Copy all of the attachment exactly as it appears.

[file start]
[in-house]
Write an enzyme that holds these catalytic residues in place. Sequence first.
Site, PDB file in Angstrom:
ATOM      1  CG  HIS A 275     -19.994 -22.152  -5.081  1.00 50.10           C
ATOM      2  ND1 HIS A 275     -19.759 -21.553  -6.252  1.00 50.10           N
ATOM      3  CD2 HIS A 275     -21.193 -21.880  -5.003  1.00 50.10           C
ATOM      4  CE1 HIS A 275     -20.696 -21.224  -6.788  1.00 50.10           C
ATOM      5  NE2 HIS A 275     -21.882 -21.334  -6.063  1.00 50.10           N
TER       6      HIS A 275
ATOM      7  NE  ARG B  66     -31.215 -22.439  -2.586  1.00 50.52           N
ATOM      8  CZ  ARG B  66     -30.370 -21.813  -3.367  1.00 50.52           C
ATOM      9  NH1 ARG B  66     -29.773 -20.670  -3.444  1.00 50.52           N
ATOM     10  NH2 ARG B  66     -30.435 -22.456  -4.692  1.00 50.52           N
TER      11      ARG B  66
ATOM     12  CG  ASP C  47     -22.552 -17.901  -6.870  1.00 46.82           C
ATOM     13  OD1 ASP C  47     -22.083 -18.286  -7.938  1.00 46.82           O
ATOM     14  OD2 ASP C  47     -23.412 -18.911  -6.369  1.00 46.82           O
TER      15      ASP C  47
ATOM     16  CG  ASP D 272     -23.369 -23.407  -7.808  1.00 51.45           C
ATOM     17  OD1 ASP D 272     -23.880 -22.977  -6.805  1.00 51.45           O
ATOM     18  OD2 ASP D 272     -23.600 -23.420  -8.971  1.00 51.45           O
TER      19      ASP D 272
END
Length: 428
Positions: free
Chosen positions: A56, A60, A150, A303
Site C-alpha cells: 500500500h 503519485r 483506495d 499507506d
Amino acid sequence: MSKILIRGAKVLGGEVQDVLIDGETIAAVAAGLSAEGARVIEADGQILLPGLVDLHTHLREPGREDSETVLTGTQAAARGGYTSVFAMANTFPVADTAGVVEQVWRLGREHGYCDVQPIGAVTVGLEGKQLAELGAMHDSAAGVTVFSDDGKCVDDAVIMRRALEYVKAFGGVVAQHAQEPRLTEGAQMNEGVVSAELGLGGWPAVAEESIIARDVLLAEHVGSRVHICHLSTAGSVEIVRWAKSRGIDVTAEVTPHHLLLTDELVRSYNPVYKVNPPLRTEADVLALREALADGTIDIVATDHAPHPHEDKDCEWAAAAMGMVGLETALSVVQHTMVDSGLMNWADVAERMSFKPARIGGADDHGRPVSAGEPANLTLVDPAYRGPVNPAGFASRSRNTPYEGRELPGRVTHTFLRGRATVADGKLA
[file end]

[in-house]
Write an enzyme that holds these catalytic residues in place. Sequence first.
Site, PDB file in Angstrom:
ATOM      1  CG  HIS A 275     -19.994 -22.152  -5.081  1.00 50.10           C
ATOM      2  ND1 HIS A 275     -19.759 -21.553  -6.252  1.00 50.10           N
ATOM      3  CD2 HIS A 275     -21.193 -21.880  -5.003  1.00 50.10           C
ATOM      4  CE1 HIS A 275     -20.696 -21.224  -6.788  1.00 50.10           C
ATOM      5  NE2 HIS A 275     -21.882 -21.334  -6.063  1.00 50.10           N
TER       6      HIS A 275
ATOM      7  NE  ARG B  66     -31.215 -22.439  -2.586  1.00 50.52           N
ATOM      8  CZ  ARG B  66     -30.370 -21.813  -3.367  1.00 50.52           C
ATOM      9  NH1 ARG B  66     -29.773 -20.670  -3.444  1.00 50.52           N
ATOM     10  NH2 ARG B  66     -30.435 -22.456  -4.692  1.00 50.52           N
TER      11      ARG B  66
ATOM     12  CG  ASP C  47     -22.552 -17.901  -6.870  1.00 46.82           C
ATOM     13  OD1 ASP C  47     -22.083 -18.286  -7.938  1.00 46.82           O
ATOM     14  OD2 ASP C  47     -23.412 -18.911  -6.369  1.00 46.82           O
TER      15      ASP C  47
ATOM     16  CG  ASP D 272     -23.369 -23.407  -7.808  1.00 51.45           C
ATOM     17  OD1 ASP D 272     -23.880 -22.977  -6.805  1.00 51.45           O
ATOM     18  OD2 ASP D 272     -23.600 -23.420  -8.971  1.00 51.45           O
TER      19      ASP D 272
END
Length: 428
Positions: free
Chosen positions: A56, A60, A150, A303
Site C-alpha cells: 500500500h 503519485r 483506495d 499507506d
Amino acid sequence: MSKILIRGAKVLGGEVQDVLIDGETIAAVAAGLSAEGARVIEADGQILLPGLVDLHTHLREPGREDSETVLTGTQAAARGGYTSVFAMANTFPVADTAGVVEQVWRLGREHGYCDVQPIGAVTVGLEGKQLAELGAMHDSAAGVTVFSDDGKCVDDAVIMRRALEYVKAFGGVVAQHAQEPRLTEGAQMNEGVVSAELGLGGWPAVAEESIIARDVLLAEHVGSRVHICHLSTAGSVEIVRWAKSRGIDVTAEVTPHHLLLTDELVRSYNPVYKVNPPLRTEADVLALREALADGTIDIVATDHAPHPHEDKDCEWAAAAMGMVGLETALSVVQHTMVDSGLMNWADVAERMSFKPARIGGADDHGRPVSAGEPANLTLVDPAYRGPVNPAGFASRSRNTPYEGRELPGRVTHTFLRGRATVADGKLA